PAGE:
Thanks TSA!



Until two weeks ago I had never been selected for a so-called random security screening by TSA. I endured the same long lines and humiliating procedures as the rest of my fellow passengers, right down to taking off my shoes, spreading my legs and placing my hands on my head like a criminal, and making a point of arriving early to the airport to ensure that I didn’t miss my flight because I was in line at TSA.


And I didn’t enjoy it. Setting aside the fact that TSA is notoriously incompetent—I’ve heard stories (and by that I mean read articles from legitimate sources) of undercover agents sneaking bombs aboard, people accidentally boarding planes with guns, and a 70% failure detection rate that the TSA disputes but hasn’t actually countered with hard data—it’s also damn unpleasant. And it’s not as though airlines need help making flying stressful and inconvenient. Between the cost of flying and the fact that you count yourself lucky to arrive where you paid to arrive at the time you were told to arrive with the luggage you probably paid additional fees to check onto the plane, just setting foot in an airport is enough to make me sick.


I mean that literally. I have a stomach condition and there are certain stress triggers that result in an hours-long vomiting marathon. I’ve identified three triggers that result in automatic vomiting so far and airports are one of them. I’m a notoriously punctual person who tends to operate on the assumption that if I follow the rules, everything will work out fairly. Usually this works out OK. But not at airports. I’ve endured lost luggage, late flights, and cancelled flights. But who hasn’t? My travel stories are pretty standard for someone with any amount of experience flying in the post-9/11 world.


My boyfriend and I booked a New Year’s Eve flight to Seattle to check out the city. We would be there for four and a half days and fly home in time to return to work on Monday. Given that our last few flights were international and involved multiple layovers, often in places with languages we did not understand, we were sort of looking forward to a relaxing travel experience. We wouldn’t need to exchange money. We had laptops and cell phones. We even had a hotel and rental car booked at our destination.


We checked in at the self-service check-in machines, one of which was not functioning but not labeled as such so Colin spent about 10 minutes cursing at it before another became available. Then we waited in line to check out bags with the Alaska Airline agent. As soon as she swiped my boarding pass into the machine, I knew something was wrong. Her eyes got big and she gave me a weird look. I had been “randomly” selected for special security screening from TSA. She was quick to inform me that Alaska Airlines didn’t have anything to do with it. Apparently my boarding pass was just marked that way.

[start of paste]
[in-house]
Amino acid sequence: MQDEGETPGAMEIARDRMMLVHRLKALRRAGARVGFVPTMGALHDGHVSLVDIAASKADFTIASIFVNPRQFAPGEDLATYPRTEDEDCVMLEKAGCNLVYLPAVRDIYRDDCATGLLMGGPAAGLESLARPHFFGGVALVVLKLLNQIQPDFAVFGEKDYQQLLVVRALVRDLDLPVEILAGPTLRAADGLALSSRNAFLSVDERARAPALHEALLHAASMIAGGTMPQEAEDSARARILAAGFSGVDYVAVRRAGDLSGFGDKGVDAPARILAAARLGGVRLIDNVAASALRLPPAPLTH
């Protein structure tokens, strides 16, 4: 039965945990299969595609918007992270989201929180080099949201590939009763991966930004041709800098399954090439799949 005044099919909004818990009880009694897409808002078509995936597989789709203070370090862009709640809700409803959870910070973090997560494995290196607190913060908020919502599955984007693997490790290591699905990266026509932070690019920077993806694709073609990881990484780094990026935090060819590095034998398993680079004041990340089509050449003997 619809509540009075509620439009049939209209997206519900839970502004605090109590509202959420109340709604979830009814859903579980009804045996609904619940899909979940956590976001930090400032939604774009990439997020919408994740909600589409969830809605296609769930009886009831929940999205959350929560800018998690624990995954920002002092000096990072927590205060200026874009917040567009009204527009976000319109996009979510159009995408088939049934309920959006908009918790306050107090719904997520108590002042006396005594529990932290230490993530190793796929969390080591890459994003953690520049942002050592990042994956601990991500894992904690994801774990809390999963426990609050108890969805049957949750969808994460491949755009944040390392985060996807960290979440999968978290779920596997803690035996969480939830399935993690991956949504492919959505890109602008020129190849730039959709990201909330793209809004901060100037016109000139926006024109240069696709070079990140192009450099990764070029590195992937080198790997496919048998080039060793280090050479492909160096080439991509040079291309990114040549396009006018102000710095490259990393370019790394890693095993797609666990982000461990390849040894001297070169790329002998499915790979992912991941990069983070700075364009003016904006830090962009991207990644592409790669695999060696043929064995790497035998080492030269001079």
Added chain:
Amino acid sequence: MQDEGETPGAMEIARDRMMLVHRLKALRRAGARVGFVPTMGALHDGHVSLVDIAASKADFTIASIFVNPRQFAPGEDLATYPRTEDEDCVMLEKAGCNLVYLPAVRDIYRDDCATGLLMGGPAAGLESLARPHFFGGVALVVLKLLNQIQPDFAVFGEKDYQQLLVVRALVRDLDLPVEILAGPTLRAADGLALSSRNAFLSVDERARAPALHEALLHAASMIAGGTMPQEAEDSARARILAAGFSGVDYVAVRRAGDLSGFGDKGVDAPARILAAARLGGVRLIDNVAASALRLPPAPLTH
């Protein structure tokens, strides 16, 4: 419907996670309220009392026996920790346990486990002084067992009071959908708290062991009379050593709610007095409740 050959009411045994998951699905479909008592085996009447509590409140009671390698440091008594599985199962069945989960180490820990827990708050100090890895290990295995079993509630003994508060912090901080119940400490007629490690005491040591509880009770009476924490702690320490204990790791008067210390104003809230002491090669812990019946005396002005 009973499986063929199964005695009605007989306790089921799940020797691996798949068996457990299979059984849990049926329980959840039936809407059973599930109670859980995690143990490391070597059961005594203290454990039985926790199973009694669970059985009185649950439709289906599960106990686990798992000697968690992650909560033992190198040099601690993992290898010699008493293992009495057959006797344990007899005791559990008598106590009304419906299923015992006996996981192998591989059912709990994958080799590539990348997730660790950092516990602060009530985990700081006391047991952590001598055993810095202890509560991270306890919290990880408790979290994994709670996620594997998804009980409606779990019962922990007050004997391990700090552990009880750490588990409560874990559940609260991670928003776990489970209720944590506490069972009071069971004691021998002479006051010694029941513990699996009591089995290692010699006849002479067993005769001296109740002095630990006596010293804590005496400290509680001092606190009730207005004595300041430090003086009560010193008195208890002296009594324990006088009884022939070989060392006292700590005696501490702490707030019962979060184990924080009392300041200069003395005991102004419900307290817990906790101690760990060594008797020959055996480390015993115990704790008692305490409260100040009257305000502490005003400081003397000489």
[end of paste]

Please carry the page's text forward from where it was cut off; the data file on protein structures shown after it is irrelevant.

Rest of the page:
Then Colin got to the counter and received the same message. We were both “randomly” selected for additional screening, emphasis on random. He’d never been selected for random screening before either, and we found it weird and unlikely that we both happened to be randomly selected. We especially found the timing strange since we’d just gotten back to Turkey about a month and a half before the trip. I tried to ask whether the fact that we had been selected was linked to our trip to Turkey. Again, the woman insisted that it was random.


Because our flight was domestic, we had arrived a little more than an hour before our flight believing that we would have plenty of time. Instead, I found myself pulled aside by a woman who put her hands into my pants, touched just about every inch of my body including a long and lingering search of my breasts, and then tore apart our bags, swabbing everything they encountered and putting the swabs through a machine that I assume detected residue linked to explosive devices. A few feet away from me, Colin started singing the American anthem while he was being searched.


We spent the entire trip wondering if we would be subjected to the same treatment on the way back; suspecting it was not random, as we had been told; and knowing that if we were both once again “randomly” selected on out return trip that we had been flagged for our trip to Turkey. Which I didn’t mind. It makes sense that a country that is the focus of so much attention from actual terrorists might warrant some concern from the TSA. What I resent is being lied to by a government agency.


I realize how incredibly naive that sounds. Government agencies lie to us all the time. I know that. But that doesn’t mean I appreciate or approve of this fact. All this hot air about protecting our great and democratic nation from terrorists who hate our freedom only applies if we have a government and country worth protecting. A government that lies to its citizens, that deprives them of their liberty under the pretense of making them more safe, is not worth protecting. Again, I recognize how naïve this all probably sounds. The sad reality is that I’m an idealist and when a government agency runs its hands all over an idealist’s body and rummages through her possessions while blatantly lying to her, she’s not going to happy.